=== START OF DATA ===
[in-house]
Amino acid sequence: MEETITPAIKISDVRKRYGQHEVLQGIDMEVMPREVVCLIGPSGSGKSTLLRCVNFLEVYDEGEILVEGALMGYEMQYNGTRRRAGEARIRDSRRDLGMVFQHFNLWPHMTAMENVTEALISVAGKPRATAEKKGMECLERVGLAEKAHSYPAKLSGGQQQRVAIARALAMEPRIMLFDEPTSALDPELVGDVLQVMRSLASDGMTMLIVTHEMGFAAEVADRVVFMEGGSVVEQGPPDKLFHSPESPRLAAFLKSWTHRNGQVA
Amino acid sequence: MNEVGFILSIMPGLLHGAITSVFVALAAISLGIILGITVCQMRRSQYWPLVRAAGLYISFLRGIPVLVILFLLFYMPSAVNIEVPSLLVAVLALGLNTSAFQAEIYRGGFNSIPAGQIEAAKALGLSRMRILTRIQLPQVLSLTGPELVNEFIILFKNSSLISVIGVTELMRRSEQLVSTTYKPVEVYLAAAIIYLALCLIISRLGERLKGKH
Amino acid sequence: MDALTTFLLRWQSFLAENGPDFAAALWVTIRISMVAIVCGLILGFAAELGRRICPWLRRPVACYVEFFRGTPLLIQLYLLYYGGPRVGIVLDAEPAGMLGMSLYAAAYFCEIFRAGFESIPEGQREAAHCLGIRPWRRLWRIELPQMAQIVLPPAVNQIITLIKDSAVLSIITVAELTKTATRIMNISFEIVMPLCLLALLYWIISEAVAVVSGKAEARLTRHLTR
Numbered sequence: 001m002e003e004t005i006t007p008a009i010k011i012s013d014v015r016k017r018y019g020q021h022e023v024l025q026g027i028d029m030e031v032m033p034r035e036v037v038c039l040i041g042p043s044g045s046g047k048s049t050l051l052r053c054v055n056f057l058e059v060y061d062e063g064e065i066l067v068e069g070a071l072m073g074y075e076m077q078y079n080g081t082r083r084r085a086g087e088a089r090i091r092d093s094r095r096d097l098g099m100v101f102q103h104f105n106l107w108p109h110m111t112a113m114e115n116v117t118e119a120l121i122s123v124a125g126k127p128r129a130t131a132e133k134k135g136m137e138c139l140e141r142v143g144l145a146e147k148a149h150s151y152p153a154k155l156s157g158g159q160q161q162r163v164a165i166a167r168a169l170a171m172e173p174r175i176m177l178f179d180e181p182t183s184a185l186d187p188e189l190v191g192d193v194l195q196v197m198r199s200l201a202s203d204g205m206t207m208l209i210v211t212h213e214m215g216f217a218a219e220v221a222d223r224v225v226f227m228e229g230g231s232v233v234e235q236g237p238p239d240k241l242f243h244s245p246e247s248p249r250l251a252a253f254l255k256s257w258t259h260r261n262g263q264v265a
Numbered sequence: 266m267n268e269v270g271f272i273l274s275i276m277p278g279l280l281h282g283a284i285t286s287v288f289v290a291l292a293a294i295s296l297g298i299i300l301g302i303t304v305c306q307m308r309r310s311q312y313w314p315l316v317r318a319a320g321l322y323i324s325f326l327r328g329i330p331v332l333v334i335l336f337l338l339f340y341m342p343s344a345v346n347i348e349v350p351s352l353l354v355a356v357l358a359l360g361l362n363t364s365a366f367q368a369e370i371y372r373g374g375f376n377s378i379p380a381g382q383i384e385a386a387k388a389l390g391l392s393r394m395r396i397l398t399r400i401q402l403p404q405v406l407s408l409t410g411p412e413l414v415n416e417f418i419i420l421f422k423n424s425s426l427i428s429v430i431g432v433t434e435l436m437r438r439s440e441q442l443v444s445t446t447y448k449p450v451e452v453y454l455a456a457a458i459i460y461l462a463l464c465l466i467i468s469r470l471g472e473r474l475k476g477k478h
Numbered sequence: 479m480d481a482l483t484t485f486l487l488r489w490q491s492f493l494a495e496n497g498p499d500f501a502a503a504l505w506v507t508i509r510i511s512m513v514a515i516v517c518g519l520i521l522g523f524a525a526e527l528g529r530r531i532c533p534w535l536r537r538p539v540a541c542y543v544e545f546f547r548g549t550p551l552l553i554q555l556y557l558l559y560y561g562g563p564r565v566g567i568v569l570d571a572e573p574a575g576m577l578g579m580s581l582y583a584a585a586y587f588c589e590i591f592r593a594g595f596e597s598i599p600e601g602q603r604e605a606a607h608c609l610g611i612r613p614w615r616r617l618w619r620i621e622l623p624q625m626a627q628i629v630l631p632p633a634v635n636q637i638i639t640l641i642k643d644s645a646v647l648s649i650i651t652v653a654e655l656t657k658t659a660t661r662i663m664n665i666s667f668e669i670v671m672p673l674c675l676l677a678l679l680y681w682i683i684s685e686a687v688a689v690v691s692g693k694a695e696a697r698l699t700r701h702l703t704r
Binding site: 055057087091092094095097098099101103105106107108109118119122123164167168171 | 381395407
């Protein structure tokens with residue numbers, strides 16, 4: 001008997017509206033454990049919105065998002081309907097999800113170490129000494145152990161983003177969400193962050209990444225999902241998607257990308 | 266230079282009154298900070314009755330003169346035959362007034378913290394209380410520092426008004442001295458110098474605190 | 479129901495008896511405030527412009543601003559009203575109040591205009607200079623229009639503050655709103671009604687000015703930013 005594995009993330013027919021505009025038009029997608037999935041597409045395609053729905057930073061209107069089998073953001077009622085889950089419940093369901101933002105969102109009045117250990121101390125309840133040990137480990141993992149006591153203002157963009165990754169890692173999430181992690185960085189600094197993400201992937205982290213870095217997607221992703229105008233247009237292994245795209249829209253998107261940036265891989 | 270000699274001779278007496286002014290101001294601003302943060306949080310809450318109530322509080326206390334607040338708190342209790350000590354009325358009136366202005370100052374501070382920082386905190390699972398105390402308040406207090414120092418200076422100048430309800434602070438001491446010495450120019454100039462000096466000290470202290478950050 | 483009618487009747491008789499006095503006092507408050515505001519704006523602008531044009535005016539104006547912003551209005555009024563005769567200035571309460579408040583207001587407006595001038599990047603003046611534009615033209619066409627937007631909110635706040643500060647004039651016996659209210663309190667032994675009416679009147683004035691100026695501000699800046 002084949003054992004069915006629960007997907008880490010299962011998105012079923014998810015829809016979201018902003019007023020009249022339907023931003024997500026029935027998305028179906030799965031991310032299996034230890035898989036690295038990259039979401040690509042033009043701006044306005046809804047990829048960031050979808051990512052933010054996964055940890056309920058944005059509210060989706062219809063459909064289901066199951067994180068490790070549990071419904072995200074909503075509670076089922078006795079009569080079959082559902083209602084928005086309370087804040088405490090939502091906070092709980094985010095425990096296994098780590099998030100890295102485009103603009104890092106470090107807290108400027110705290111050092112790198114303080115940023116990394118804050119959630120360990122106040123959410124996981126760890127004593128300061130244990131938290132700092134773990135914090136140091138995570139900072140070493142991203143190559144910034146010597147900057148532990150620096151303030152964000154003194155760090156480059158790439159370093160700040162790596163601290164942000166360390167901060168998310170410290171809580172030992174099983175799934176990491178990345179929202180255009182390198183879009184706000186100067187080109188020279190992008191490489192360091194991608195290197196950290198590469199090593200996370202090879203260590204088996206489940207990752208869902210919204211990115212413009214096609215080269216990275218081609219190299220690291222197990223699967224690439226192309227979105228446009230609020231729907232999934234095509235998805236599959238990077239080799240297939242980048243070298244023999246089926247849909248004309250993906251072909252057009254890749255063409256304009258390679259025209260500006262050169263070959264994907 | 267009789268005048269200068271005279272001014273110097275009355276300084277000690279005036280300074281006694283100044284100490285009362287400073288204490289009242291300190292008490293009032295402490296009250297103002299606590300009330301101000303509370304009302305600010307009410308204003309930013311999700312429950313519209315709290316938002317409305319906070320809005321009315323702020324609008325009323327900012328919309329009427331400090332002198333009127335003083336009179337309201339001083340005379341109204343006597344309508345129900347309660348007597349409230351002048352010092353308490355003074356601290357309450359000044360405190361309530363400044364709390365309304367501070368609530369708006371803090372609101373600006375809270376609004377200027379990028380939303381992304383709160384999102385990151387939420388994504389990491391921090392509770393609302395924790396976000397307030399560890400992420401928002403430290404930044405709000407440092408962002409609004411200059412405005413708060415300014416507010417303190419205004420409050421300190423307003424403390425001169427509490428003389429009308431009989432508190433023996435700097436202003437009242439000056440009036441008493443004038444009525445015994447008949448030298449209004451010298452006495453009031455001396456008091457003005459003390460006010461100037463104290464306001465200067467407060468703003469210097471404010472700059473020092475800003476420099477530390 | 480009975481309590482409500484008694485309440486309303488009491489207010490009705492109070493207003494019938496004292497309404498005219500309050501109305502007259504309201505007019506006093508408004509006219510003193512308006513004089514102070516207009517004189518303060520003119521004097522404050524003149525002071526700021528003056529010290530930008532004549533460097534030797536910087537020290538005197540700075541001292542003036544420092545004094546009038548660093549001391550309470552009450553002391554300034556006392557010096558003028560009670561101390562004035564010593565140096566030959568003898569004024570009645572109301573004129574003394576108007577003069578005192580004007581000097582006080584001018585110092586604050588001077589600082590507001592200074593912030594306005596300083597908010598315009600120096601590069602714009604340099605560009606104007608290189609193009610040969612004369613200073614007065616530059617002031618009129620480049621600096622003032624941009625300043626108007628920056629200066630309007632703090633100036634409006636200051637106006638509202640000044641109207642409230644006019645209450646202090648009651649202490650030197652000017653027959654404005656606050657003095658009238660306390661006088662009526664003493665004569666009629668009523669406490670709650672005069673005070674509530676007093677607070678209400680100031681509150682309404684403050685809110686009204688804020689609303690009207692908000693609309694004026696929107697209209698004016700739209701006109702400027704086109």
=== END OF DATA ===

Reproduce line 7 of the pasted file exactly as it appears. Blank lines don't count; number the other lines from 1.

Numbered sequence: 479m480d481a482l483t484t485f486l487l488r489w490q491s492f493l494a495e496n497g498p499d500f501a502a503a504l505w506v507t508i509r510i511s512m513v514a515i516v517c518g519l520i521l522g523f524a525a526e527l528g529r530r531i532c533p534w535l536r537r538p539v540a541c542y543v544e545f546f547r548g549t550p551l552l553i554q555l556y557l558l559y560y561g562g563p564r565v566g567i568v569l570d571a572e573p574a575g576m577l578g579m580s581l582y583a584a585a586y587f588c589e590i591f592r593a594g595f596e597s598i599p600e601g602q603r604e605a606a607h608c609l610g611i612r613p614w615r616r617l618w619r620i621e622l623p624q625m626a627q628i629v630l631p632p633a634v635n636q637i638i639t640l641i642k643d644s645a646v647l648s649i650i651t652v653a654e655l656t657k658t659a660t661r662i663m664n665i666s667f668e669i670v671m672p673l674c675l676l677a678l679l680y681w682i683i684s685e686a687v688a689v690v691s692g693k694a695e696a697r698l699t700r701h702l703t704r